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10 - Traffic Offloading in Software Defined Ultra-dense Networks

from Part III - Resource Allocation and Network Management

Published online by Cambridge University Press:  12 October 2020

Haijun Zhang
Affiliation:
University of Science and Technology Beijing
Jemin Lee
Affiliation:
Daegu Gyeongbuk Institute of Science and Technology, Korea
Tony Q. S. Quek
Affiliation:
Singapore University of Technology and Design
Chih-Lin I
Affiliation:
China Mobile Research Institute
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Summary

Recently, software-defined networking (SDN) has been expected as an efficient technology to realize flexible resource management and system performance control by separating resource management from geo-distributed resources, especially for heterogeneous ultra-dense networks (HetUDNs). This work establishes an SDN based architecture for mobile traffic offloading in HetUDNs, which consist of densely deployed macro-cell base stations (MBSs) and small-cell base stations (SBSs). Additional, we explore a scenario with information asymmetric, specifically, the capacity of the SBSs can be accessible, but their performance for offloading cannot be obtained by the controller of SDN. To address such asymmetry, we propose a bundle of traffic offloading contracts, which are capable of encouraging each SBS to select the right contract that designed personally to it by promising its maximum utility. Moreover, by designing the contracts which offer rationality and incentive compatibility to different SBS types, the characteristics of a large number of SBSs are aggregated to support the efficient selection on SBSs to provide traffic offloading. Then a closed-form expression for SBS types is proposed, and we prove the monotonicity and incentive compatibility of the resulting contracts. Furthermore, simulation results validate the system performance, and the effectiveness and efficiency of the proposed contract-based traffic offloading mechanism.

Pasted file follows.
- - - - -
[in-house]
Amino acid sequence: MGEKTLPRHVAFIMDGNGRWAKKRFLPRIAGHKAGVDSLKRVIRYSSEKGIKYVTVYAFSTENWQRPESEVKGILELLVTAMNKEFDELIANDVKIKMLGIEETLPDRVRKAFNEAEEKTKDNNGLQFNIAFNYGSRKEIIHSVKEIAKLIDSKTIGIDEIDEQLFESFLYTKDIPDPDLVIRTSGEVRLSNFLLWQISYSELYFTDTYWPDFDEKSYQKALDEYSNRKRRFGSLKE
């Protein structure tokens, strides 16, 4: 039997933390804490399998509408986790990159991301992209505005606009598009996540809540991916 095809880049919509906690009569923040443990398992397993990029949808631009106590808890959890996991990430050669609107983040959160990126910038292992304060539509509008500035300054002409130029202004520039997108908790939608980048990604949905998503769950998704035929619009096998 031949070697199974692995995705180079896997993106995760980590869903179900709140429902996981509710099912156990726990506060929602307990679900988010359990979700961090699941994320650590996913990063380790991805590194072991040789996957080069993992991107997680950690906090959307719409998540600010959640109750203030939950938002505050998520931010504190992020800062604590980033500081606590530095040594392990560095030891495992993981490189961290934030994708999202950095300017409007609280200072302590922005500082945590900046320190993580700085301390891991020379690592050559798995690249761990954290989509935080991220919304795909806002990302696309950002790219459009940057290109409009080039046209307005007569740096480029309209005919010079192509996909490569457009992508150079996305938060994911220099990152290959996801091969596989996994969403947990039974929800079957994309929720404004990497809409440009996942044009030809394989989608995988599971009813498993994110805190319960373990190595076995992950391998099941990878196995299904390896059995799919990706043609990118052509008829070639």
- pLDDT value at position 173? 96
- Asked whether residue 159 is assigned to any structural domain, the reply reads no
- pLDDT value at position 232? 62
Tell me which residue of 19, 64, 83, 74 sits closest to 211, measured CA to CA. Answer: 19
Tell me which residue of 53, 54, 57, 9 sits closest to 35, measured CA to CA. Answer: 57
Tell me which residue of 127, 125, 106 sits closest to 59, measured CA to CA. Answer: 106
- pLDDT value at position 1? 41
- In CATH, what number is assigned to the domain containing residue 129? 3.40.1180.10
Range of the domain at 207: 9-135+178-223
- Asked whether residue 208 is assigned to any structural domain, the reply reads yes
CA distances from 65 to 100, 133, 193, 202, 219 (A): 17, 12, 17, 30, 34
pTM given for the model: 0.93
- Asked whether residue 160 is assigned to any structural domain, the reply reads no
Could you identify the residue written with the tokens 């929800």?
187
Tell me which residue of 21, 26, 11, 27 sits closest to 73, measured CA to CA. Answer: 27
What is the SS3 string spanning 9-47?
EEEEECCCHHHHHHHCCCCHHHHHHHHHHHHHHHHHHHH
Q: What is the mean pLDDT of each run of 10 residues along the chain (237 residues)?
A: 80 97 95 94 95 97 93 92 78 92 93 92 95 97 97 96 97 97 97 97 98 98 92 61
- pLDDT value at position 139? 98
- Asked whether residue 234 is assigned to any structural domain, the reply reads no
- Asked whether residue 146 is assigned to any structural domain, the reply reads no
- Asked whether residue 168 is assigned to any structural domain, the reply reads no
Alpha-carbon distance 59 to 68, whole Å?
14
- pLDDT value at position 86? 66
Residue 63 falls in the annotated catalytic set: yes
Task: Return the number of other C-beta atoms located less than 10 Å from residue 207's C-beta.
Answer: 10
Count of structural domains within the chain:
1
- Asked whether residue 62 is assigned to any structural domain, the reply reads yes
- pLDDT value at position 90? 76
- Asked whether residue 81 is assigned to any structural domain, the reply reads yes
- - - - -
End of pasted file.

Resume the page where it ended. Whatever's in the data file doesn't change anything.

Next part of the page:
Type
Chapter
Information
Ultra-dense Networks
Principles and Applications
, pp. 164 - 192
Publisher: Cambridge University Press
Print publication year: 2020

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